AndreasDavour said...

I think organized play is big dummy. For it to work you will have to standardize, codify and have an hierarchy of who resolves what is ok. Contrary to fun, hobbyist and freewheeling fooling around with old games because you like that attitude. Let TARGA die in peace.

Victor Raymond said...

Andreas is entitled to his opinion (as are we all). However, TARGA simply needs people to become involved and do things. That's happening.

TARGA aside, this discussion of Living OD&D goes back to how campaigns used to be run.

I think rather than some sort of tracking mechanism (which is an administrative nightmare), I think there need to be some principles to operate by. Some that suggest themselves to be are:

- If a player wants to bring in a character from another campaign or campaigns, the referee is entitled to limit/alter how that character is played in their game. So Joe Schmoe wants to bring in his 13th level wizard with the golf club bag of staves and wands, Stef the Ref can say, "Your wizard arrives here without all those staves."

- Such limiting/altering is for the duration of play in that game, i.e. characters don't permanently lose stuff. (More bluntly, refs don't get to erase what other refs awarded.)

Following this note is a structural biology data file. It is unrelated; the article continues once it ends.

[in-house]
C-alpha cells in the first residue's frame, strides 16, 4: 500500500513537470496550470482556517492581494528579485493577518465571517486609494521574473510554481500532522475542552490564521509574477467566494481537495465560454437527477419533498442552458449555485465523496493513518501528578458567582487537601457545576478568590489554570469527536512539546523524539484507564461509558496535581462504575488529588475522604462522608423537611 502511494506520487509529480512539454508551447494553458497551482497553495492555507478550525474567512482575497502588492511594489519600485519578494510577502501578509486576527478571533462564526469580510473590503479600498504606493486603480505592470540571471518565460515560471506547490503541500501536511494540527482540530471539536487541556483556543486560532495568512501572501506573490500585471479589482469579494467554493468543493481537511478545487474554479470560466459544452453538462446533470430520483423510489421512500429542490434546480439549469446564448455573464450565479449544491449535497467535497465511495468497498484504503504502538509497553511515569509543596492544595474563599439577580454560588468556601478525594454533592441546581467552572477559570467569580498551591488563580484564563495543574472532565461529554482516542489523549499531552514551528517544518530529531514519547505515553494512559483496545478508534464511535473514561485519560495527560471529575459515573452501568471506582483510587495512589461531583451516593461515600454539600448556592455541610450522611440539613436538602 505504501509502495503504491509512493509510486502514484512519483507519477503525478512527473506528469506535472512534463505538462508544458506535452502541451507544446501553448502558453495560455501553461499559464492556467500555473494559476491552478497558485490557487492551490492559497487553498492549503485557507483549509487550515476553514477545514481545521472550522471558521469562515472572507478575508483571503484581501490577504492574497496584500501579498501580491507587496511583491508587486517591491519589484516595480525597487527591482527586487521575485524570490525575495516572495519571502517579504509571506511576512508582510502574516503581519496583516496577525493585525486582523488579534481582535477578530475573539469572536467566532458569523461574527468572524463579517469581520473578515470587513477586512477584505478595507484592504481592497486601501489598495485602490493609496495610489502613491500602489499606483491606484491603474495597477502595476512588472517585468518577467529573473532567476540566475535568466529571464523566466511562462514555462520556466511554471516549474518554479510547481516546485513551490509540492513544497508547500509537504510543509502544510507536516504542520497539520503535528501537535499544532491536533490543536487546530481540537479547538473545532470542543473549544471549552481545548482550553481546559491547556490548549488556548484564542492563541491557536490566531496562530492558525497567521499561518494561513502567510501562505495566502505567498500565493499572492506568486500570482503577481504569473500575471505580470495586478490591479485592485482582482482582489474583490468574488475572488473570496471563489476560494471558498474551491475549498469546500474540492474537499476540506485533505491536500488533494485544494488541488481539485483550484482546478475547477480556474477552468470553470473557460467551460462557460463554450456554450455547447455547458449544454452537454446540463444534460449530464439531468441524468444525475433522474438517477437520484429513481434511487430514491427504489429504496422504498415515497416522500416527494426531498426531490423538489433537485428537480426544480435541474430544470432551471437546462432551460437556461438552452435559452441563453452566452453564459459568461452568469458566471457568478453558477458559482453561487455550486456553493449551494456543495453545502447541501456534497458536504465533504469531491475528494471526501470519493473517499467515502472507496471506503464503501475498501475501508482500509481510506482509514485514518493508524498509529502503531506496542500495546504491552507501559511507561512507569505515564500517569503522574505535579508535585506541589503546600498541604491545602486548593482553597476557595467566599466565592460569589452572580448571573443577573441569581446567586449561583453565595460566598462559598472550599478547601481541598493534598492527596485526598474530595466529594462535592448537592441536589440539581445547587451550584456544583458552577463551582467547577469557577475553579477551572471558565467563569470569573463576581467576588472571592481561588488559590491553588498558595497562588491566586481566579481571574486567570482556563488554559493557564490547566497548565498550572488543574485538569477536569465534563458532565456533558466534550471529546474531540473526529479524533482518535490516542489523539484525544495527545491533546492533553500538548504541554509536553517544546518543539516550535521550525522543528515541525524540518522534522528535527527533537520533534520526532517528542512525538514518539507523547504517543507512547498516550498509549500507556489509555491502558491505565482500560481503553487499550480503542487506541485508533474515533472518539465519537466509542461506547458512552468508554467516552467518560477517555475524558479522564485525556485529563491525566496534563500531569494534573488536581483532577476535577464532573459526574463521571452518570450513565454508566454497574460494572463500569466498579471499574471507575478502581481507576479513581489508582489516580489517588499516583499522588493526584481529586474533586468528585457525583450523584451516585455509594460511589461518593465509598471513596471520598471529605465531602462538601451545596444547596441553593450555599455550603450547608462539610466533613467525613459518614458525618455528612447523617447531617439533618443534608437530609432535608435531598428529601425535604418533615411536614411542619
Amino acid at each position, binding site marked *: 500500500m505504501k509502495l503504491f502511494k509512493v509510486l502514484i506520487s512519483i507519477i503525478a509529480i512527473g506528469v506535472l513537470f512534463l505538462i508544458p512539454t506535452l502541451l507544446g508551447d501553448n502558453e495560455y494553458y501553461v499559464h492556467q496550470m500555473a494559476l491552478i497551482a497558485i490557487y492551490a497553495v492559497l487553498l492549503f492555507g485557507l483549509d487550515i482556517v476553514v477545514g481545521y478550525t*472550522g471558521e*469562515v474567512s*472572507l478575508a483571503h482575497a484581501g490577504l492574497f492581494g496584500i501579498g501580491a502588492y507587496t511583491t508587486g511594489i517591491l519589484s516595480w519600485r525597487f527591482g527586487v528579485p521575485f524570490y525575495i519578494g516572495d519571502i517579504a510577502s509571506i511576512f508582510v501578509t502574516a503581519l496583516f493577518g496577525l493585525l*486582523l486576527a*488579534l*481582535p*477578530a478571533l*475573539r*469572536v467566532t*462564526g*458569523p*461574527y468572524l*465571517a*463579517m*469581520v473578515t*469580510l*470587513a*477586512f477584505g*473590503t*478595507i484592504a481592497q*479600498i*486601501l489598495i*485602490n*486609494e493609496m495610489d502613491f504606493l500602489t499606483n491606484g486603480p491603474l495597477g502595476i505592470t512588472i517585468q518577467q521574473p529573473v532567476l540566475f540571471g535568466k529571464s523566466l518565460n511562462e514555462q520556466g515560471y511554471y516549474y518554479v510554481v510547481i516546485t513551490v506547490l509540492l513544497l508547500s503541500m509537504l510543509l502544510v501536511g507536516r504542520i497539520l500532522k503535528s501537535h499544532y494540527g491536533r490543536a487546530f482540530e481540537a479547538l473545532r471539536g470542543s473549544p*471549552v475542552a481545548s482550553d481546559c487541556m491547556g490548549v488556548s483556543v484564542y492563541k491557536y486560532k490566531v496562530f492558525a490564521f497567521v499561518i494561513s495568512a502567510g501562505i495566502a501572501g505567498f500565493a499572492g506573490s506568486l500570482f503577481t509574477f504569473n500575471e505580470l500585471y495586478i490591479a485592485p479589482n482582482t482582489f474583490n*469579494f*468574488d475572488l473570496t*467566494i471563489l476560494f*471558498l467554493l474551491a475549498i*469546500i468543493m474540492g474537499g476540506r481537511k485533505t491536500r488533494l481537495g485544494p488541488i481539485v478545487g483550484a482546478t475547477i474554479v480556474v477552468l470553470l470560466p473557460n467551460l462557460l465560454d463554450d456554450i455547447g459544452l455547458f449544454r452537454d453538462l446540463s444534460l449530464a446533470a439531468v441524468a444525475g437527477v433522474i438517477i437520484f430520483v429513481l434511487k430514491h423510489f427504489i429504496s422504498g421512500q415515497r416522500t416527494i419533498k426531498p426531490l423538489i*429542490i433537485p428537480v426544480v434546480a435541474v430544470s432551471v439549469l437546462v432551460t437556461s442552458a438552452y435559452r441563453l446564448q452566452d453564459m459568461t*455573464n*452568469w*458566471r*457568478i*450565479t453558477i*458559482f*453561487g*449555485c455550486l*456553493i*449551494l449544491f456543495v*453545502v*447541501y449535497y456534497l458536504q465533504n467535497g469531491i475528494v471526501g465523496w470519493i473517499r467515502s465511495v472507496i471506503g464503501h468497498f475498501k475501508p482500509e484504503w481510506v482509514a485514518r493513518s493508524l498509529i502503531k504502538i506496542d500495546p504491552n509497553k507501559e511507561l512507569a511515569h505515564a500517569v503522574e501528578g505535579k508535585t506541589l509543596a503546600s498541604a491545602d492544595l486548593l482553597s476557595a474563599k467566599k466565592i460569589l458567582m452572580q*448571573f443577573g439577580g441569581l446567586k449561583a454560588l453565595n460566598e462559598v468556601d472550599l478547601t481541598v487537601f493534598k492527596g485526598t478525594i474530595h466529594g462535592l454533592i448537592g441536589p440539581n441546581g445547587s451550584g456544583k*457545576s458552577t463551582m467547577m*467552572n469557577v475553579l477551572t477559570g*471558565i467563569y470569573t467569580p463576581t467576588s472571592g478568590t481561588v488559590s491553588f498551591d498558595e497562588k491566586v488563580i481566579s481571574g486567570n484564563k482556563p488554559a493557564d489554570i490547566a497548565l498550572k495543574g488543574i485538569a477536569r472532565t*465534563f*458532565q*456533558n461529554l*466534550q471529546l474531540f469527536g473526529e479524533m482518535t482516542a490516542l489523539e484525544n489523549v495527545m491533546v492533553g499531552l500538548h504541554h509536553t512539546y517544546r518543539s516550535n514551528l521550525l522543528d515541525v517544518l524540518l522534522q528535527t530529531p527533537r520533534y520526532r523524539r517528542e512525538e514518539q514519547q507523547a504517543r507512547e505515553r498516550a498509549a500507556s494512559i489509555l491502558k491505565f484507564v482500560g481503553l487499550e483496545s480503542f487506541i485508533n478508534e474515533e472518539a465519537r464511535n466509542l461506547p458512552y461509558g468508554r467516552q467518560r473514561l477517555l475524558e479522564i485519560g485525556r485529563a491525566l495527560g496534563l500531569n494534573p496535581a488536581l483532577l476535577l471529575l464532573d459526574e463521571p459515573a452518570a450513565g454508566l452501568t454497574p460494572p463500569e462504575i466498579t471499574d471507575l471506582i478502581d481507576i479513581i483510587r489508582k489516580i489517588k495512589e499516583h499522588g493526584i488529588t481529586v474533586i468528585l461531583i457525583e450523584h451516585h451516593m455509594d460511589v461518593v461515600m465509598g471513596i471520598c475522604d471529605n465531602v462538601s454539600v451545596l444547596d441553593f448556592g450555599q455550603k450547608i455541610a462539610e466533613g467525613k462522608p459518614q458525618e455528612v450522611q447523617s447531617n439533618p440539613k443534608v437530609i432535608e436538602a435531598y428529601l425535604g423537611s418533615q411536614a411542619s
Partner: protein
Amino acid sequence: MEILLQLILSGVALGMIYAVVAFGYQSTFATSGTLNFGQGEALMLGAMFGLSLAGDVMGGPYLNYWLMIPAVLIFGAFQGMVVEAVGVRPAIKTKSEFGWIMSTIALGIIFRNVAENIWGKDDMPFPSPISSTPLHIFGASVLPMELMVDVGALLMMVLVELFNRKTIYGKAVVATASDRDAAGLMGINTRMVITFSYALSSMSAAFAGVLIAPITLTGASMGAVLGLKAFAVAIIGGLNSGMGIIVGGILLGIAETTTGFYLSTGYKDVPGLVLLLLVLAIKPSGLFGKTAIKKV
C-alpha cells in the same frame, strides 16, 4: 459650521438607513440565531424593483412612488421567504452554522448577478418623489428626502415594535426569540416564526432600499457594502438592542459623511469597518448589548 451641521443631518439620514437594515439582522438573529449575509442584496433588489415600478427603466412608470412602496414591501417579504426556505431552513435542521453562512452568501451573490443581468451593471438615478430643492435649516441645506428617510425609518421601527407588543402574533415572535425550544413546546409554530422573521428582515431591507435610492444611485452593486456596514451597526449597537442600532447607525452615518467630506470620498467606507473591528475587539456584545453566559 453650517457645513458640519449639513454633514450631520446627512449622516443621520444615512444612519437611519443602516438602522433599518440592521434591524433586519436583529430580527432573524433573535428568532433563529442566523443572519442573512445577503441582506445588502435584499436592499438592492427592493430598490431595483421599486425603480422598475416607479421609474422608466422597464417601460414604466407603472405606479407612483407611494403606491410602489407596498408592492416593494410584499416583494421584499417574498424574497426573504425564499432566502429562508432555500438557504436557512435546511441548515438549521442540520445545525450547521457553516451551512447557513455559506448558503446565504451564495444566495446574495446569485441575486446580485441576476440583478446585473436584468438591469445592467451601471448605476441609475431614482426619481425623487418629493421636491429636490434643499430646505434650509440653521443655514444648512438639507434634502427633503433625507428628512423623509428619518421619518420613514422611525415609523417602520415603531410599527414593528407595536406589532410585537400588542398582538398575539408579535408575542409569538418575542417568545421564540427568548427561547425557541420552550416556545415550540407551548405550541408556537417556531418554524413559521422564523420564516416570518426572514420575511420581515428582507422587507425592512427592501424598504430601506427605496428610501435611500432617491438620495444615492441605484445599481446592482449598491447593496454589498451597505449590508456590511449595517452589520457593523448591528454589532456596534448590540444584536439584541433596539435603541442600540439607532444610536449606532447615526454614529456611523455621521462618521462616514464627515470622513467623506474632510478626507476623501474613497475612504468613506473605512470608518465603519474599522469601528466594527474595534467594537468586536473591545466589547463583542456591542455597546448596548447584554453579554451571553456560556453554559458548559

- Bottom line: use common sense, and enjoy the d*** game. :)

Zak Sabbath said...

Seems like a nice idea would be:

-Parcel out different parts of the gameworld to different, trusted, GMs.

-Any new GM anywhere can "invent" a new part of the gameworld by writing it up ("this is the island of____") and submitting it and having it accepted by the existing GMs and generally impressing them as being a decent GM.

-All the GMs (original and add-on) are part of an illuminati-esque newsgroup that is constantly sharing information and exchanging npcs, magic items, plot seeds etc.

-Travelling in-game would require someone travelling in real life to wherever the GM for the distant locale is.

-(or, the GMs could occasionally"swap".)

-People from different locales meet at cons.

AndreasDavour said...

Zak, show very eloquently why I think the idea is bad.

Victor, on the other hand, shows

- Bottom line: use common sense, and enjoy the d*** game. :)

that we basically think the same thing, while we disagree on the usefulness of TARGA and organized play.

You want to bring your OD&D character to someones S&W convention game? Go ask the DM what he agrees to and accept that you might be temporarily nerfed! Common sense. I know, it's demanding to much from the common gamer, but I'm an idealist.

Otherwise just post in your recruitment text how you intend to handle "importing" characters.

You think the OSR needs to be more visible at cons? Arrange a game and use the principles outlined above. Stop yabbering in the blogosphere and just run a game!